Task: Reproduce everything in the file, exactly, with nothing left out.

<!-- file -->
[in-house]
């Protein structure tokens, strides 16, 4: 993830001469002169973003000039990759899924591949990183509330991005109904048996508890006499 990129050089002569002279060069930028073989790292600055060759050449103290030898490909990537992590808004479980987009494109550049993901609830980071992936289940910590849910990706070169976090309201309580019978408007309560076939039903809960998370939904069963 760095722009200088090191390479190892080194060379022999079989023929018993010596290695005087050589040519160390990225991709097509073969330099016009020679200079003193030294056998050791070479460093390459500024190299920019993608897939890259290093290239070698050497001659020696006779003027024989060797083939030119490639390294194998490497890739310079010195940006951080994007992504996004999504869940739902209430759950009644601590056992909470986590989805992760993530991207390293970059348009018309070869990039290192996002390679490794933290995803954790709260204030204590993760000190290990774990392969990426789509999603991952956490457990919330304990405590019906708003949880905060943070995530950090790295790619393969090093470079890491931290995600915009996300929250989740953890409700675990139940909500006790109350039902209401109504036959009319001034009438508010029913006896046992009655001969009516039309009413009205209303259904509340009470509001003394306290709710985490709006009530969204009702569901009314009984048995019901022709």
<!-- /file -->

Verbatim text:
[in-house]
């Protein structure tokens, strides 16, 4: 993830001469002169973003000039990759899924591949990183509330991005109904048996508890006499 990129050089002569002279060069930028073989790292600055060759050449103290030898490909990537992590808004479980987009494109550049993901609830980071992936289940910590849910990706070169976090309201309580019978408007309560076939039903809960998370939904069963 760095722009200088090191390479190892080194060379022999079989023929018993010596290695005087050589040519160390990225991709097509073969330099016009020679200079003193030294056998050791070479460093390459500024190299920019993608897939890259290093290239070698050497001659020696006779003027024989060797083939030119490639390294194998490497890739310079010195940006951080994007992504996004999504869940739902209430759950009644601590056992909470986590989805992760993530991207390293970059348009018309070869990039290192996002390679490794933290995803954790709260204030204590993760000190290990774990392969990426789509999603991952956490457990919330304990405590019906708003949880905060943070995530950090790295790619393969090093470079890491931290995600915009996300929250989740953890409700675990139940909500006790109350039902209401109504036959009319001034009438508010029913006896046992009655001969009516039309009413009205209303259904509340009470509001003394306290709710985490709006009530969204009702569901009314009984048995019901022709």